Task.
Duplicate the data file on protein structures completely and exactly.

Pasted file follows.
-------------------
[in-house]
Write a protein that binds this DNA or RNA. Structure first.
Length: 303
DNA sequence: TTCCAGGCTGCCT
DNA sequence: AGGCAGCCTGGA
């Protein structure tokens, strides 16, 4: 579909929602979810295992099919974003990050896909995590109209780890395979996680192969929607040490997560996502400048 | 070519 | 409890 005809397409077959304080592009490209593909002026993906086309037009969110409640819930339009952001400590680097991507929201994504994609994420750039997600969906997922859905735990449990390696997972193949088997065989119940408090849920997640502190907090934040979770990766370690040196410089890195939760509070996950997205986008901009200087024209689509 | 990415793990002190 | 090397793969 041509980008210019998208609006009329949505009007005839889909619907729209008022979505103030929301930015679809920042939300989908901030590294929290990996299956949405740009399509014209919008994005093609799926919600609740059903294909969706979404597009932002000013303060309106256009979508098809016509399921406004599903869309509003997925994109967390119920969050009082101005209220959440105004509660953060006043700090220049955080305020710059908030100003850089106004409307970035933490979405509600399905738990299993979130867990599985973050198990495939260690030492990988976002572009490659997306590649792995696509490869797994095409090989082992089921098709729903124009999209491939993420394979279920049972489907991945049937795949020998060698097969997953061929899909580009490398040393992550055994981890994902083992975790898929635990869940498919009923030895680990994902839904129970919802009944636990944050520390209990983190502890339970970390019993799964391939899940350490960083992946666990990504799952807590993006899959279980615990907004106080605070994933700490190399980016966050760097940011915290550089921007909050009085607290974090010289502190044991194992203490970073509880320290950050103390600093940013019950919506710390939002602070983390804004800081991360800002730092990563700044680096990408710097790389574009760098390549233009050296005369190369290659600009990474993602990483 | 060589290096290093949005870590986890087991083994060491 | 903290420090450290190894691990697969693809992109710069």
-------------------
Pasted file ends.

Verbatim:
[in-house]
Write a protein that binds this DNA or RNA. Structure first.
Length: 303
DNA sequence: TTCCAGGCTGCCT
DNA sequence: AGGCAGCCTGGA
């Protein structure tokens, strides 16, 4: 579909929602979810295992099919974003990050896909995590109209780890395979996680192969929607040490997560996502400048 | 070519 | 409890 005809397409077959304080592009490209593909002026993906086309037009969110409640819930339009952001400590680097991507929201994504994609994420750039997600969906997922859905735990449990390696997972193949088997065989119940408090849920997640502190907090934040979770990766370690040196410089890195939760509070996950997205986008901009200087024209689509 | 990415793990002190 | 090397793969 041509980008210019998208609006009329949505009007005839889909619907729209008022979505103030929301930015679809920042939300989908901030590294929290990996299956949405740009399509014209919008994005093609799926919600609740059903294909969706979404597009932002000013303060309106256009979508098809016509399921406004599903869309509003997925994109967390119920969050009082101005209220959440105004509660953060006043700090220049955080305020710059908030100003850089106004409307970035933490979405509600399905738990299993979130867990599985973050198990495939260690030492990988976002572009490659997306590649792995696509490869797994095409090989082992089921098709729903124009999209491939993420394979279920049972489907991945049937795949020998060698097969997953061929899909580009490398040393992550055994981890994902083992975790898929635990869940498919009923030895680990994902839904129970919802009944636990944050520390209990983190502890339970970390019993799964391939899940350490960083992946666990990504799952807590993006899959279980615990907004106080605070994933700490190399980016966050760097940011915290550089921007909050009085607290974090010289502190044991194992203490970073509880320290950050103390600093940013019950919506710390939002602070983390804004800081991360800002730092990563700044680096990408710097790389574009760098390549233009050296005369190369290659600009990474993602990483 | 060589290096290093949005870590986890087991083994060491 | 903290420090450290190894691990697969693809992109710069």